In the next few months, any finalist looking to sell their soul, sorry, secure a comfortable and well rounded future through means of a job with a well-known company, will most likely come into contact with an assessment centre. As of last weekend, I have both participated in, and also aided the running of an assessment centre (for the same job), and here are my pearls of wisdom.
Assessment centres are a series of tasks performed in groups with others in order to display a range of transferable skills relevant for the workplace; you probably already knew that, sorry to patronise you.
Last year, I applied for a job with Warwick University’s student caller team. We are a part of the Alumni Relations department and we get in touch with the University’s graduates to update contact details, chat to them about their time at Warwick, and to try and get them involved in our charity fundraising initiatives. One of the most popular jobs on campus due to its generous pay and flexible hours, the student caller job is highly competitive. This year we had around 40 places and 100 attended the assessment centre.
Last October I’d been fighting against a number of other candidates who’d also written an competent application and passed a phone screening too. Combined with the onset of Freshers’ flu, the day was a challenge, to say the least.
We took part in a number of group activities and tasks such as brainstorming ‘Why do people give to Warwick?’, debating difficult responses to argumentative graduates, and practising conversational roleplays.
The applicants were marked on the following:
Knowledge – using information given, demonstrating knowledge of the role and our projects
Communication – good listening and confident speaking skills
Teamwork – working well as part of a team
Initiative – good ideas and creativity, thinking on their feet
Leadership – supporting, leading and working a role
When a candidate clearly displayed the attributes, I would tick the box, and write comments of their behaviour and performance throughout the day on the side, as to aid the supervision team’s selection of callers.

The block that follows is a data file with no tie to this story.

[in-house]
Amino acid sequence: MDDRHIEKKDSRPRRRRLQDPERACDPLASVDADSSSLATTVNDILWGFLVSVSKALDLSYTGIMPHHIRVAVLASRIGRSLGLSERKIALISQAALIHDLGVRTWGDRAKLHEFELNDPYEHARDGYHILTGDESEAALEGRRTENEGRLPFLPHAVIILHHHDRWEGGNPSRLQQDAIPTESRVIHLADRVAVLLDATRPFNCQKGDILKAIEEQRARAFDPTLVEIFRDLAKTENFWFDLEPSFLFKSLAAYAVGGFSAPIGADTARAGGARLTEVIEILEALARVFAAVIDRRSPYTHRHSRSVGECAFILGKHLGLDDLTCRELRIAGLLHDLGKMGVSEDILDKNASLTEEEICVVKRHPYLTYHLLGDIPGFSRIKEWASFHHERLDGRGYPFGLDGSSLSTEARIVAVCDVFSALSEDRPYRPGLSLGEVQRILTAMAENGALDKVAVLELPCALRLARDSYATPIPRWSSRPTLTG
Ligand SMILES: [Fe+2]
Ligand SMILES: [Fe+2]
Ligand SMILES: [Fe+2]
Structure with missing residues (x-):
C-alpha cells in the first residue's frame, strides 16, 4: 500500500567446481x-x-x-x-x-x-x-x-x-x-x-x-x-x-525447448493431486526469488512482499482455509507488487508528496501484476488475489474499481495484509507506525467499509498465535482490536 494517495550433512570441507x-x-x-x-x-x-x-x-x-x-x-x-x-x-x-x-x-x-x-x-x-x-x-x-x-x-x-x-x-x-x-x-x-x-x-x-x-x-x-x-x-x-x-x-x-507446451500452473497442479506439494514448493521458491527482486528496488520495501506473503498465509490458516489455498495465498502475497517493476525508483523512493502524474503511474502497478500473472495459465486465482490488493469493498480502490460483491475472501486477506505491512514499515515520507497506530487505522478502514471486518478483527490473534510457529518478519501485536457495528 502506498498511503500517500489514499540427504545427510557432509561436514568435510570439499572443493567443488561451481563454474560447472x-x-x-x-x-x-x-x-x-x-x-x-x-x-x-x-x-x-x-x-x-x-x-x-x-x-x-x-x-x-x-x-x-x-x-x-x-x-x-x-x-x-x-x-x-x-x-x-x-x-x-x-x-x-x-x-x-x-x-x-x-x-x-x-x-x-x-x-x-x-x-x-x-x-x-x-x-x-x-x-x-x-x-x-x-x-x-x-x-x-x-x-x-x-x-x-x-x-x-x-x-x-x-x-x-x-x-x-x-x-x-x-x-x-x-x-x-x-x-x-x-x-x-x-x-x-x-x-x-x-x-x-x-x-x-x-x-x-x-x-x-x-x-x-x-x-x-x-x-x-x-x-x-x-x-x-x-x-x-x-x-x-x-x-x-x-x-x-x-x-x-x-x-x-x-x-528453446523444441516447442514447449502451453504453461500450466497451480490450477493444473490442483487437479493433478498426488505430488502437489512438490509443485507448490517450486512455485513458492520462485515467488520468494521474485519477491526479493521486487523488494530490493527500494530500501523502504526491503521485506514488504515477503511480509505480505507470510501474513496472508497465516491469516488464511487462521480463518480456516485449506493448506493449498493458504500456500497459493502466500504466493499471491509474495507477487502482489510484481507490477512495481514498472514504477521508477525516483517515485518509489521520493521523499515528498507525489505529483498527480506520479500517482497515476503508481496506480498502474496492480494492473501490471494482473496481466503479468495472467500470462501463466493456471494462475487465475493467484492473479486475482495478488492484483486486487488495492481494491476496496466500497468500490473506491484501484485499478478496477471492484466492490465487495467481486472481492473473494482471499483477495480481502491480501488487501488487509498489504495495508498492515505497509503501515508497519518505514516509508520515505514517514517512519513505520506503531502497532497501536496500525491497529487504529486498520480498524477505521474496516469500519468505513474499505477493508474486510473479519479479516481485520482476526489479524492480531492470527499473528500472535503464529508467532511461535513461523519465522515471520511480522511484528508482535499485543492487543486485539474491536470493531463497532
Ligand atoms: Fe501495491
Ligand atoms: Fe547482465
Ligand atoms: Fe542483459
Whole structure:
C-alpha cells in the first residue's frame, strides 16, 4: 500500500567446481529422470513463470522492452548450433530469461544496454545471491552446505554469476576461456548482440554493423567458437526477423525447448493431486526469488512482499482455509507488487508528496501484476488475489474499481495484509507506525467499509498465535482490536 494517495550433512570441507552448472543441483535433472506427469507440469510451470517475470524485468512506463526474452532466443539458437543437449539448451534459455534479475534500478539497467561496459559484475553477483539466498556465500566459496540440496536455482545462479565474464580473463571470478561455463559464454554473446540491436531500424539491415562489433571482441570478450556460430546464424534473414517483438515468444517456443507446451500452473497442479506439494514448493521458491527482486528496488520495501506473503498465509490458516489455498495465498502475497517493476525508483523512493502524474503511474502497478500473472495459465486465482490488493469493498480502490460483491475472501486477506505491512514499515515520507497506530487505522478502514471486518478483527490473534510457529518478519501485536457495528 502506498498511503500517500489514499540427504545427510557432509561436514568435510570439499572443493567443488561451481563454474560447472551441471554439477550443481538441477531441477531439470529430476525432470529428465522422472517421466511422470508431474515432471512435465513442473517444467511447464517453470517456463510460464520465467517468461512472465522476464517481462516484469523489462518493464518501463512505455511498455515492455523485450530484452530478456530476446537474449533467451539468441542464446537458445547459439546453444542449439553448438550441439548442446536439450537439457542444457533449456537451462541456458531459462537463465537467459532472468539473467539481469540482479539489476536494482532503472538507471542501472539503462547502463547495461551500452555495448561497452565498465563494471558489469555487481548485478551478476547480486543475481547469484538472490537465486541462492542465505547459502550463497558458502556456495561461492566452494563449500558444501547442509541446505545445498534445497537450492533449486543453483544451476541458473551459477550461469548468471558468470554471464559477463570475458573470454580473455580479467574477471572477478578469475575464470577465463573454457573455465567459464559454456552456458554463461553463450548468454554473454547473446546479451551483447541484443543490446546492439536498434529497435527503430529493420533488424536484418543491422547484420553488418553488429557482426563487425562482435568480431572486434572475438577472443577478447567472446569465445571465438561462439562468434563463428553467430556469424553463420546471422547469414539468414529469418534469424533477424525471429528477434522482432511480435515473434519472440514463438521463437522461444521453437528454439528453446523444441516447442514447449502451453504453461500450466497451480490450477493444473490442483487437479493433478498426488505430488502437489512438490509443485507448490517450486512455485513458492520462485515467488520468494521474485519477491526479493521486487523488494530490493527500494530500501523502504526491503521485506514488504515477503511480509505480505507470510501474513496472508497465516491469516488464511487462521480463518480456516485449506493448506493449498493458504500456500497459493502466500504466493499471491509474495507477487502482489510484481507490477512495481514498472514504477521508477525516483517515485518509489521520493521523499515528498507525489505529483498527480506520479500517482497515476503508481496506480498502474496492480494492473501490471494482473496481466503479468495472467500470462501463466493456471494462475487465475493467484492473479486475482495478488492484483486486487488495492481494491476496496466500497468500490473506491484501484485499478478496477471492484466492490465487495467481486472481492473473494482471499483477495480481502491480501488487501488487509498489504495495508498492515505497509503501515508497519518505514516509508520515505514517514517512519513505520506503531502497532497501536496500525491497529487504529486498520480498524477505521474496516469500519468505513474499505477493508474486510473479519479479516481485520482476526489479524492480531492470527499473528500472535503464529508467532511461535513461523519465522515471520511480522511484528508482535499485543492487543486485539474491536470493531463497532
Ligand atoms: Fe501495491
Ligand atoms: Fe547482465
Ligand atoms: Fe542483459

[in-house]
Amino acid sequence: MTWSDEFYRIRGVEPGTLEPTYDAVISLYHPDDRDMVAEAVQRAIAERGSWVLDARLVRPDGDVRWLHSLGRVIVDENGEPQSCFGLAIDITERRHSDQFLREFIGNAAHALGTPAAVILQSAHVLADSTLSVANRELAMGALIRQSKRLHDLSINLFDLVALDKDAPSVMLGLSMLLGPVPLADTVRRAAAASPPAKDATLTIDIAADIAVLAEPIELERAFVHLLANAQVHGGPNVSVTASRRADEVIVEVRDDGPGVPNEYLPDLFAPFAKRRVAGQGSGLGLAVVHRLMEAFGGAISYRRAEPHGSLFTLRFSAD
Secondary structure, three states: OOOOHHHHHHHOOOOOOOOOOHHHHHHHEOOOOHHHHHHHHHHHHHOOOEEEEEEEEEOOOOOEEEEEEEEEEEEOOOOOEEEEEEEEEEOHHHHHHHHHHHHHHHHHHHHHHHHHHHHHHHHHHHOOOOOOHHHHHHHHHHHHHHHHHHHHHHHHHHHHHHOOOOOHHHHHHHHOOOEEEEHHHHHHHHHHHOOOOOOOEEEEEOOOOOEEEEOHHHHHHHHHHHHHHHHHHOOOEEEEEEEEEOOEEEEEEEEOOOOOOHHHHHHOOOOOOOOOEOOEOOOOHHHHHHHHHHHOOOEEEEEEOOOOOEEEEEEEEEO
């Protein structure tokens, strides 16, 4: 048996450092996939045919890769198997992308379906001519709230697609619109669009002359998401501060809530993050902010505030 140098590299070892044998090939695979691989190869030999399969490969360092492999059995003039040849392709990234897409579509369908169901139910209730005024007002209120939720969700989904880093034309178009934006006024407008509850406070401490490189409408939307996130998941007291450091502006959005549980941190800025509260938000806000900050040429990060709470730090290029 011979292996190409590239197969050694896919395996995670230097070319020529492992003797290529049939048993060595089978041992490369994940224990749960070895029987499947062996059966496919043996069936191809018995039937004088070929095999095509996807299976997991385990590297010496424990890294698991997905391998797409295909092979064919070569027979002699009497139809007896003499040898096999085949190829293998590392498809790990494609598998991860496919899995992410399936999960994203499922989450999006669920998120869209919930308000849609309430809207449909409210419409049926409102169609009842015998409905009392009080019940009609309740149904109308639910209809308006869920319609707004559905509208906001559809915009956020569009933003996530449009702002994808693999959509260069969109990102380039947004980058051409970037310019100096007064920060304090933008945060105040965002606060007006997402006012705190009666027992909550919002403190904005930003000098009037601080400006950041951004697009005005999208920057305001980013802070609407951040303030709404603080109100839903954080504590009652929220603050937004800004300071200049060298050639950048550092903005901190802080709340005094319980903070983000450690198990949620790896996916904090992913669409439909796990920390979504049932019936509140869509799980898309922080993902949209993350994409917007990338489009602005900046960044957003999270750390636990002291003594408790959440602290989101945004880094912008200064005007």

On the other side of the table, the nervous candidates had to appear confident, calm and collected, without appearing bossy and overpowering. We were looking for people that loved Warwick, had clued up on the job, and had the right personal skills to fit in with a demanding communications based role as an ambassador for Warwick.
Tash’s Top tips for assessment centres:
– Always appear engaged.There’s nothing more noticeable than when someone’s head is not in the task at hand. An assessment centre will be a challenging day to stay focused for, but if you throw yourself into every opportunity, it’s worth it for a job afterwards
– Clue up beforehand on what the role will entail. (And subtly slip knowledge into your tasks.) I didn’t mark anyone high who didn’t mention in detail any of Warwick’s philanthropic areas of giving; if they didn’t have the confidence or the sense to speak about it confidently in front of a member of staff, I had little faith they would have the balls to ask someone they’ve only just begun speaking to if they’d like to donate £10 per month of their hard-earned pennies to us
– Get the balance right – communication is about talking and listening, and a good candidate for any job will display a healthy mix of both. Leading too much and neglecting the rest of your team will appearing overpowering and dominating, whereas sitting tight will blend you into the beige realms of the ‘average’ category. Hint: noone really remembers you
– Care about the job – do you really want it? If not, don’t bother, there are numerous other people fighting for this role. Be inquisitive, ask questions and find out as much as you can about what you will be doing; it shows a genuine interest in the position, indicating to the assessor that, in line with Jessie J’s colourful lyrics, it’s not all about the money
In an assessment centre, it doesn’t matter how well you’ve come across in an interview or application; these are the interpersonal and communication skills required for any job, caller or otherwise. You have to shine in them, and not in the Take That sense of carnivals and dramatic Wembly gigs. You must stand out from the crowd; (but not in a hipster sort of way) smile, show passion and enthusiasm, knowledge, and above all, care. Think Mumford and Sons, not Muse; it’s not about the size, but what you do with it that counts.